The core of the build is an old washing machine, which supplies both the machine frame and its powerful universal motor. While this can be hooked directly to a power source and allowed to spin away, it’s far more useful with some speed control in place. For this, an Arduino is hooked up to a triac circuit with feedback, allowing the speed to be set just so for whatever operation you have in mind. A set of speed-reducing pulleys helps further for getting down into the double-digit RPM while maintaining smooth rotation. There’s even a timer for extended operation, with parts salvaged from an old microwave.

The machine is built with a large rotating platter on top. By placing a clean white screen on top, the platter is great for taking 360 degree photos of objects automatically. This could be of great use in a photogrammetry setup. Alternatively, by fitting a bowl and plough assembly, the machine can be used to mull green sand for casting purposes.

It’s a versatile build that could be used for anything that needs rotation in the vicinity of 50 rpm. You could even play vinyl records on it if you were so inclined. Of course, if you’ve built a record player out of an old washing machine, we’d certainly like to know about it.

Improving A Conference Badge With 3D Printing

The obsession with over-the-top-hardware conference badges means that we as attendees get to enjoy a stream of weird and wonderful electronic gadgets. But for the folks putting these conferences on, getting a badge designed and manufactured in time for the event can be a stressful and expensive undertaking. To keep things on track, the designs will often cut corners and take liberties that you’d never see in commercial products. But of course, that’s part of their charm.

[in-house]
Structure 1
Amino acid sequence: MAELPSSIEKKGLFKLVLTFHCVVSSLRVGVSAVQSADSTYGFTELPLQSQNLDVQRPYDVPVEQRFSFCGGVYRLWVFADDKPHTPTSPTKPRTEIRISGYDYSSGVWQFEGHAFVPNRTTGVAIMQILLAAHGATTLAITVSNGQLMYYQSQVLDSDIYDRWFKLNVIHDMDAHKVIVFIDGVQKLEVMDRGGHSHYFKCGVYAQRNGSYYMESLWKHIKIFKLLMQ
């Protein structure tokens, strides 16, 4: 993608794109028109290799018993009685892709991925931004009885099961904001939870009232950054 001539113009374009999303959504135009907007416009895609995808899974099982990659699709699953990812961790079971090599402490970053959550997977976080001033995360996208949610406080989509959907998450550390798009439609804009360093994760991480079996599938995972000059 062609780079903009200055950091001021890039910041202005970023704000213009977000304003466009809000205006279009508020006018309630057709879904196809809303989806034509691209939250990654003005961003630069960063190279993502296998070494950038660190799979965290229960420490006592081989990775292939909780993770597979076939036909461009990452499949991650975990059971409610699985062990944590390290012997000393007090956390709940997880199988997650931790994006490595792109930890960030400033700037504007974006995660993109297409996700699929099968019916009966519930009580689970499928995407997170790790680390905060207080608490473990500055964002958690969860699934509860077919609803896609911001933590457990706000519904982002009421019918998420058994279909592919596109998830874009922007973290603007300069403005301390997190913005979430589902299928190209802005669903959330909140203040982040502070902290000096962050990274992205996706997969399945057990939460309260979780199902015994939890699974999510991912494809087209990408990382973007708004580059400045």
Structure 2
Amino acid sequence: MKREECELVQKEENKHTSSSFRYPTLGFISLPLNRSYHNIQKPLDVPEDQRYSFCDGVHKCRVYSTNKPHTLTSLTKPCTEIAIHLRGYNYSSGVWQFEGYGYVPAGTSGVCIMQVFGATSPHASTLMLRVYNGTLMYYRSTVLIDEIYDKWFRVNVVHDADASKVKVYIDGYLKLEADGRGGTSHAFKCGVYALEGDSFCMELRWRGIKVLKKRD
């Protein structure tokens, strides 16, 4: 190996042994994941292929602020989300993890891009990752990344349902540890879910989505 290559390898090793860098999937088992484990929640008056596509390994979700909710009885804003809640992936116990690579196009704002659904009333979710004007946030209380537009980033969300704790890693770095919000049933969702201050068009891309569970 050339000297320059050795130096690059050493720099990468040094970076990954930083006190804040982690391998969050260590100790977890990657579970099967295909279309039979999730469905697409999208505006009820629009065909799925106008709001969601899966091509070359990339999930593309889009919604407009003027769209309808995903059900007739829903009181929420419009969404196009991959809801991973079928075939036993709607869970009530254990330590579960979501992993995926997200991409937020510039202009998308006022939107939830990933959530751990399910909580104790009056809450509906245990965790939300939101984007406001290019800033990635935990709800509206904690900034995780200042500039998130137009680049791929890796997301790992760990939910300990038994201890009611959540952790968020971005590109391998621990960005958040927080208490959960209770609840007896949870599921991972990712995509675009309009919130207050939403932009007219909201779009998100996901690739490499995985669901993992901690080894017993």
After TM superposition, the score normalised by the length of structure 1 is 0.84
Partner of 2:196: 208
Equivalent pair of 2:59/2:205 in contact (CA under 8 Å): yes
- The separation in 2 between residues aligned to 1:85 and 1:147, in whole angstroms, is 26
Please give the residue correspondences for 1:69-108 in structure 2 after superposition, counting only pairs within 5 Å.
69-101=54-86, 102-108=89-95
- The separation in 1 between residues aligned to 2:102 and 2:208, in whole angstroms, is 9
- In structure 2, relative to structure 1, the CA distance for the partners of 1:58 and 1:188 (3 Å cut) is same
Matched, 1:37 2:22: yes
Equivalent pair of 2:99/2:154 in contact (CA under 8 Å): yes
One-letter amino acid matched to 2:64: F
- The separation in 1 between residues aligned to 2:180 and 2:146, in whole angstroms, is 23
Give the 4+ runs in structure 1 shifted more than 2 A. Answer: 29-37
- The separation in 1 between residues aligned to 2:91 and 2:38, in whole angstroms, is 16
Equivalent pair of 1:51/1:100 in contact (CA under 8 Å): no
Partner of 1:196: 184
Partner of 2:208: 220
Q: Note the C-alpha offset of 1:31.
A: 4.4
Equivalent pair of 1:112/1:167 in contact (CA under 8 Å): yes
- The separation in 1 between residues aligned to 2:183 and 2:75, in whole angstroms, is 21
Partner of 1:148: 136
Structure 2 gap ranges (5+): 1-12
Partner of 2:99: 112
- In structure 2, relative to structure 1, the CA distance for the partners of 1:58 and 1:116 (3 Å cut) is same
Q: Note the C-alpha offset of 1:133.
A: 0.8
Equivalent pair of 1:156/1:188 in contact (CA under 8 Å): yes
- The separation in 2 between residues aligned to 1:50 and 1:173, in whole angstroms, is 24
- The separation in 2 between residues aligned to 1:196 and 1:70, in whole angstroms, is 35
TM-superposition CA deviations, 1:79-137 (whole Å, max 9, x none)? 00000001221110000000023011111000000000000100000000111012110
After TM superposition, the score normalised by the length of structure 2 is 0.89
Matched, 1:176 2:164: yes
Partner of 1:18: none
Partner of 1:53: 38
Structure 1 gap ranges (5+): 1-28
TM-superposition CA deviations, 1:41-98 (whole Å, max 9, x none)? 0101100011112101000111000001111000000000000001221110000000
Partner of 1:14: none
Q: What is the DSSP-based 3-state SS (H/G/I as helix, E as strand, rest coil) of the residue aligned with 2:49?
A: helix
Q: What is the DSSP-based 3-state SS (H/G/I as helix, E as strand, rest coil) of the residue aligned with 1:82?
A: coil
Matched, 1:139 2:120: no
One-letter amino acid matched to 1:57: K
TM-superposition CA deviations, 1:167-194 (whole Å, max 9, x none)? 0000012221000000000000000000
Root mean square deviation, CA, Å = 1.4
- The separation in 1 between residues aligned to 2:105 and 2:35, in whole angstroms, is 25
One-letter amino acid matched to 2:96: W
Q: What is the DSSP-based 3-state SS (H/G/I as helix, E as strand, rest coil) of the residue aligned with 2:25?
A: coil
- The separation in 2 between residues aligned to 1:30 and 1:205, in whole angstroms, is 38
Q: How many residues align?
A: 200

As a case in point, the OLED display on the 2019 KiCon badge is held on with just four soldered header pins, and can easily be bent or even snapped off. So [Jose Ignacio Romero] took it upon himself to develop a 3D printable mount which integrates with the PCB and gives the display some mechanical support. Any KiCon attendees who are looking to keep their badge in peak fighting condition for the long haul might want to start warming their extruders.

The design of this upgrade was made all the easier thanks to the fact that the KiCon badge is (naturally) open hardware. That meant [Jose] could import the PCB files directly into FreeCAD and have a virtual model of the badge to work with. This let him check the clearances and position of components without having to break out the calipers and measure the real thing.